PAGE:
Cadmium and You
Cadmium is just one of the hundreds of harmful elements found in cigarette smoke. Cadmium is a toxic heavy metal that occurs naturally in soil and water, it is created as a by-product of the smelting process.
Low levels of cadmium can be found in food, but the amount of cadmium in cigarette smoke is much higher. Cadmium is harmful to the human body as it damages lung tissue and long term exposure can harm the kidney, liver, bones and blood. Other health issues associated with cadmium poisoning include decreased fertility, nervous system damage, reduced immune system and possibly even death.
Cadmium is used in making batteries and produced during smelting, the process of extracting metal from ore using heat. But outside of this industrial environment the most common sources of cadmium exposure are food and cigarette smoke.
Cadmium enters the food chain through water and soil, many vegetables and meats contain some cadmium. Certain foods, like shellfish and leafy vegetables have higher levels than others while some, like fruits, have lower levels. The levels in most food are less than 40ppb, or 40 parts per billion which is the same as 0.000004%.
Cigarettes contain much more cadmium than food. Each cigarette contains around one microgram of cadmium and in cigarette smoke the level is between one thousand and three thousand parts per million. This means that smokers are exposed to far higher levels of this toxic metal than non-smokers.
The cadmium found in cigarette smoke enters the body through the lungs and research has shown that around 50% of this cadmium enters the bloodstream. Some cadmium is quickly removed from the body, but on average smokers have twice as much of this toxic metal inside them.
Cadmium, What is it?
Cadmium is a toxic heavy metal that most of us are exposed to very low levels of in our food. Because of cadmium’s industrial uses there will be additional exposure in some workplaces, such as metalwork’s or factories where batteries are produced. We’re also exposed to cadmium through smoking as cigarette smoke contains much higher levels of cadmium than our food.
Cadmium is associated with a number of health risks that can occur from high levels of exposure or from low levels of long term exposure. Exposure to low levels of cadmium can cause flu like symptoms such as headache, dizziness, fever, chest pains and irritation of the nose and throat. Higher levels of exposure are linked to trachea-bronchitis, pneumonitis and pulmonary edema. Long term exposure can cause decreased fertility, nervous system damage, weakened immune system and possibly even death.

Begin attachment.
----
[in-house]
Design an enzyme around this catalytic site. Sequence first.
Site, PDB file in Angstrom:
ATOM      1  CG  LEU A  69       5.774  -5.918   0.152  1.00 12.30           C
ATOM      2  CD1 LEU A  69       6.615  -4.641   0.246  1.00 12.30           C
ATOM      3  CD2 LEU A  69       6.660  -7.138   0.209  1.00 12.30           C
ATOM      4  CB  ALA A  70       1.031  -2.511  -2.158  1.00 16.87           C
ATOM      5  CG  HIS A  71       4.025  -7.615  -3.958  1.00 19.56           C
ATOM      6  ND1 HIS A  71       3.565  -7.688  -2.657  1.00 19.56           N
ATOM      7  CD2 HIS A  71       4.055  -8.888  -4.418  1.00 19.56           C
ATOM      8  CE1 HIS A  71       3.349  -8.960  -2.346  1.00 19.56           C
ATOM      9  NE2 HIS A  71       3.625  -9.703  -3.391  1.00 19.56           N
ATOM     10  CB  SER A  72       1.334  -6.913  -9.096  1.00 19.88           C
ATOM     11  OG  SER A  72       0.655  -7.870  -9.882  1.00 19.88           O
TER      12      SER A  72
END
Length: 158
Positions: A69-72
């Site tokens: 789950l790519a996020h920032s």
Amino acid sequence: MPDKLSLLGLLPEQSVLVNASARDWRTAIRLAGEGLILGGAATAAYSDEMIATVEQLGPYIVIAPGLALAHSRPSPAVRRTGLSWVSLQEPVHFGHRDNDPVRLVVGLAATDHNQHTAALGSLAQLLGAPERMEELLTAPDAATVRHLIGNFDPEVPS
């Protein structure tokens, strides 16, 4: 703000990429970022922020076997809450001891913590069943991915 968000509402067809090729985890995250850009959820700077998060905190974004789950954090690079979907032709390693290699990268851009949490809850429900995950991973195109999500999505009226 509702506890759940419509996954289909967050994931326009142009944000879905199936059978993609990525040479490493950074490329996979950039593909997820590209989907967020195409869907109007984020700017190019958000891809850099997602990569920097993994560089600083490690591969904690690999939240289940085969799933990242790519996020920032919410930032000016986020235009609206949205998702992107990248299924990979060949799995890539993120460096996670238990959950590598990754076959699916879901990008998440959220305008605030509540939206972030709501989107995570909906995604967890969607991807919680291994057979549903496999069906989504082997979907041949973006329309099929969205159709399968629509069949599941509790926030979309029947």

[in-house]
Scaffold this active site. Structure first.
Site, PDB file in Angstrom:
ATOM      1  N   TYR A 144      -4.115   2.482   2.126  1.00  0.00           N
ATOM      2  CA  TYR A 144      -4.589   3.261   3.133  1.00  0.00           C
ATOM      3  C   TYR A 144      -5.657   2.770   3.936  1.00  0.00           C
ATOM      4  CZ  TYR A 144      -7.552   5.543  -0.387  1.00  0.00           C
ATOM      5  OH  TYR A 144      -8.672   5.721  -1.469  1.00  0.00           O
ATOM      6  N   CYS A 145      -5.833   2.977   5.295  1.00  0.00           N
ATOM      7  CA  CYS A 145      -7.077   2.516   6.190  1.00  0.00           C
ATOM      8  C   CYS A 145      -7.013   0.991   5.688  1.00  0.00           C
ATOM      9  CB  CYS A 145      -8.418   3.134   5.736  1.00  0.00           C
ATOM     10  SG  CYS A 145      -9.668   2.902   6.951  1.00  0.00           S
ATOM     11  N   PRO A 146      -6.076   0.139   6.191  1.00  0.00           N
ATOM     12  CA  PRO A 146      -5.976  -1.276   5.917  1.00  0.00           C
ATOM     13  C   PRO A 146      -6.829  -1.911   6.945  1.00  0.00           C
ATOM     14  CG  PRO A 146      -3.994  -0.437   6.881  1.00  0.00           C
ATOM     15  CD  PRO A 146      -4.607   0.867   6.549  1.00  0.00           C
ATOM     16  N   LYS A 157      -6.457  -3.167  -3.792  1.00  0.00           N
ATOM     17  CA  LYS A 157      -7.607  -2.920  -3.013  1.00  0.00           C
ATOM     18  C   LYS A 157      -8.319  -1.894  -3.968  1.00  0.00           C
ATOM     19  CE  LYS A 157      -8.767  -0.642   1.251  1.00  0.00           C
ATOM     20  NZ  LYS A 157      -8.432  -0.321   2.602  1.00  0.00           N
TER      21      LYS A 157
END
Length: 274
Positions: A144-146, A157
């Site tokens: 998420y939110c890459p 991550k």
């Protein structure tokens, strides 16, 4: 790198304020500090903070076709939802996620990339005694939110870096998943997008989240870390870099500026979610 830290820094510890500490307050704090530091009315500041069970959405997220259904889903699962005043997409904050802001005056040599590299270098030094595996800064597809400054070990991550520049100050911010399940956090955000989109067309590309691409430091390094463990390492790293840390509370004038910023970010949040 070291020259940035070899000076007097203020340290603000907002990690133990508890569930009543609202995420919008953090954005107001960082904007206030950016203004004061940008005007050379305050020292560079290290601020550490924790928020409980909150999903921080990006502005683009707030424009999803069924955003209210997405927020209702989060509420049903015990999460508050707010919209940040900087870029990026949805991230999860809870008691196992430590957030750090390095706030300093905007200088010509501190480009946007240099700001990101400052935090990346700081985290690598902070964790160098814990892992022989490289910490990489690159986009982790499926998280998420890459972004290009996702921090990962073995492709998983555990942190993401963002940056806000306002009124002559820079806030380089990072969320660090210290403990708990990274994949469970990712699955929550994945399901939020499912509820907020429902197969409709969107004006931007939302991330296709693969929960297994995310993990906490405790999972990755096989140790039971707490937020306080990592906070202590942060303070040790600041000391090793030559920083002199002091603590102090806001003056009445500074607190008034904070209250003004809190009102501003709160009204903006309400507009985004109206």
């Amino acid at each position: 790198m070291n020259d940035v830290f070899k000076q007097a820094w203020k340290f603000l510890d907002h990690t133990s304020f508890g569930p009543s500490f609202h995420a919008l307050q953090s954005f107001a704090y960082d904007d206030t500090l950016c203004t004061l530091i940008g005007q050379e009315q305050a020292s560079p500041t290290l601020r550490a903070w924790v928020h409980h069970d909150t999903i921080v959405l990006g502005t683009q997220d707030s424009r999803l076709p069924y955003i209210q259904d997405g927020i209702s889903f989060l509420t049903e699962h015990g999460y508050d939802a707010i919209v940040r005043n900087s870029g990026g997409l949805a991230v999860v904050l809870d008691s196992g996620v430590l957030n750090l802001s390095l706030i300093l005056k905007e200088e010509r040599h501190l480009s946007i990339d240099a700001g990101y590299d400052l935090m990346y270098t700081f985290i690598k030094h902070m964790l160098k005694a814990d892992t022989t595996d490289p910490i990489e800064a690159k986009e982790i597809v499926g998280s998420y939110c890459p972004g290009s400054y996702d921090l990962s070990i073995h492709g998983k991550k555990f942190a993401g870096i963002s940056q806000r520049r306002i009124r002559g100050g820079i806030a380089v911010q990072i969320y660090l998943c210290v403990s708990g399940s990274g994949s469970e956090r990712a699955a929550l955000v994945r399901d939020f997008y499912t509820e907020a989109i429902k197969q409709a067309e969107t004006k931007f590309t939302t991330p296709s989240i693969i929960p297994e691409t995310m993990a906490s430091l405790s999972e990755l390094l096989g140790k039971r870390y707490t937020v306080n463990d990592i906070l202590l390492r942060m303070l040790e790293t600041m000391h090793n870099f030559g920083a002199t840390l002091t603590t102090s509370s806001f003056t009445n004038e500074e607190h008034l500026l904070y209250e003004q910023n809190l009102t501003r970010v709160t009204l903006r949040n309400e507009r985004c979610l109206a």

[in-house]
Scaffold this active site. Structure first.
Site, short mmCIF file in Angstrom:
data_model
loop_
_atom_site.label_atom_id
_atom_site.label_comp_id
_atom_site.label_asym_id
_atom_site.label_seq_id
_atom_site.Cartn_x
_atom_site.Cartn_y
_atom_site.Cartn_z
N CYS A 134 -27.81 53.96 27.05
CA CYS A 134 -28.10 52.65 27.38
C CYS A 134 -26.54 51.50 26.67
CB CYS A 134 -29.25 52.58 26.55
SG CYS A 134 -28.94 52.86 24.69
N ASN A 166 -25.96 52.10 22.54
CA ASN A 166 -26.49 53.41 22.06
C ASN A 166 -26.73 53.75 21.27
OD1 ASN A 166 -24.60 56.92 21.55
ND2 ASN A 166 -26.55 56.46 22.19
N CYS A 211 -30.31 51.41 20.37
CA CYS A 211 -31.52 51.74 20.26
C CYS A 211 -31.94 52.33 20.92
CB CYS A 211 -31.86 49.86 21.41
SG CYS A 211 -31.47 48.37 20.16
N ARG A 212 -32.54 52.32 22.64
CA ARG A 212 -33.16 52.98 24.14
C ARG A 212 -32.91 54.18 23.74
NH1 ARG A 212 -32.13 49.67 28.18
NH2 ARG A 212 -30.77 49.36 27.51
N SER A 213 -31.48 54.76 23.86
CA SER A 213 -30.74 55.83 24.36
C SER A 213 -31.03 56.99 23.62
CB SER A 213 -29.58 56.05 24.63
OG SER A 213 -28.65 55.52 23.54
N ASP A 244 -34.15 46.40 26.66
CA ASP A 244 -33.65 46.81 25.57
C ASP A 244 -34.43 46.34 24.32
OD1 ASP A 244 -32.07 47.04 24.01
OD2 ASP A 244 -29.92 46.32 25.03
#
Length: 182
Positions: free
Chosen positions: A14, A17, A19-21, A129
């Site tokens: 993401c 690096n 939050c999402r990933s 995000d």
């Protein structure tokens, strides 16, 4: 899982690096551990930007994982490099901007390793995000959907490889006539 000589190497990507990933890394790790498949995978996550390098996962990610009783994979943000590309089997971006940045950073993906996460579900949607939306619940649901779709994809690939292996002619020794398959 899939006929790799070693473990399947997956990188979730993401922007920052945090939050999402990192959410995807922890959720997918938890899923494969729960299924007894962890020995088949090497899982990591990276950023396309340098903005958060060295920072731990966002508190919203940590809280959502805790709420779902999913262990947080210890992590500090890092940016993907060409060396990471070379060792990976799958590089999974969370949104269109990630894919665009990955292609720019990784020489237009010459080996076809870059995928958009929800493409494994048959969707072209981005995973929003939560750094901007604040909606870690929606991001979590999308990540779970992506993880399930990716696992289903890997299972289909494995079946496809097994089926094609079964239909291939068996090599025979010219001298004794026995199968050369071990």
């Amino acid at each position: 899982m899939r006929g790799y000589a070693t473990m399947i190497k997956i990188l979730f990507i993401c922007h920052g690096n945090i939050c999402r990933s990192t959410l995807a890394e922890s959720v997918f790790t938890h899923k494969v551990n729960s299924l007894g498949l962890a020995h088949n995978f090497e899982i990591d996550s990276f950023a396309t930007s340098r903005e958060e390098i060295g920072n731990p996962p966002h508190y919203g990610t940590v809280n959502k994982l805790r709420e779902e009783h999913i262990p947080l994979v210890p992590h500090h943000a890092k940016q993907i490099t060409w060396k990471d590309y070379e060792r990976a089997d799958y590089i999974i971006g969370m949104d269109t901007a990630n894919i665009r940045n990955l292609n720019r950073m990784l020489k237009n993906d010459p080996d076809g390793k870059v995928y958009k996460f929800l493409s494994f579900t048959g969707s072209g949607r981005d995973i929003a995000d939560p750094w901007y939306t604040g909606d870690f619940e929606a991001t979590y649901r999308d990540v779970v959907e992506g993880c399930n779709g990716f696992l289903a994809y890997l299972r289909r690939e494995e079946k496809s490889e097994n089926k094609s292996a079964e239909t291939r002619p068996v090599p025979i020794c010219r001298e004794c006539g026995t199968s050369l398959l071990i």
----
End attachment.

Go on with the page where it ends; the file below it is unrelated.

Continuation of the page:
Smoking is one of the biggest sources of cadmium exposure in our daily lives. Smoking is also one of the most harmful sources as cadmium is absorbed into the body more efficiently through the lungs than the stomach. The average smoker has twice as much cadmium in their body compared to a non-smoker, greatly increasing their risk of developing health problems.
Cadmium from tobacco cigarettes enters the lungs as particles in the cigarette smoke before being absorbed into the blood. The bloodstream then carries the cadmium throughout the body where it can linger, causing long term damage and increasing other health risks.
Low levels of cadmium exposure can cause flu like symptoms, including fever, muscle pains, headaches and weakness. These symptoms can resolve over time, but the bigger threat comes from damage caused to the organs and nervous system.
Exposure to cadmium causes kidney damage that is irreversible and can make the kidneys shrink by up to thirty percent. Loss of function in the kidneys leads to muscle weakness and possibly loss of consciousness.
Cadmium is transported through the blood to the liver where it bonds with proteins before being carried to the kidneys. This toxic metal then accumulates in the kidneys, damaging the vital filtering mechanisms. Kidney damage causes a loss of essential proteins and sugars from the body leading to further health problems.
Failure of the kidneys results in proximal renal tubular dysfunction, creating low phosphate levels in the blood. This condition causes muscle weakness and can result in a coma. Kidney failure also leads to increased acidity and higher levels of chloride in the blood.
When higher levels of cadmium are present in the body it can cause calcium loss in bones. Cadmium accumulates in bones, but this calcium loss is related to the damage caused to the kidneys.
Calcium loss results in bones becoming soft and weaker, increasing the risk of broken bones as well as joint pain and back pain all because of increased levels of cadmium in the body.
When cadmium is inhaled as part of cigarette smoke it directly damages the lungs. Even small amounts of cadmium in the lungs can lead to pneumonitis (inflammation of lung tissue that can lead to permanent scarring) and pulmonary edema (the build up of fluid in the lungs). Long term exposure increases the risk of these health problems as well as tracheo-bronchitis (inflammation of the trachea and bronchial airways).
The International Agency for Research on Cancer have determined that cadmium and cadmium compounds are a Group 1 carcinogenic. This means that exposure to cadmium has been shown to increase the risk of developing cancer.
Cadmium is a toxic heavy metal associated with a variety of health problems including lung, bone and kidney damage as well as cancer. Cadmium can be found in low levels in our food, but is in much higher levels in cigarette smoke and the average smoker has twice as much cadmium in their body as a non-smoker.
Reducing the amount of cadmium we’re exposed to helps minimise the risk of developing these health problems. Higher levels of cadmium are present in cigarettes than in food and this toxic metal is absorbed into the body through the lungs faster than through the stomach. So, quitting smoking is the best way to reduce our exposure to cadmium and the associated health risks.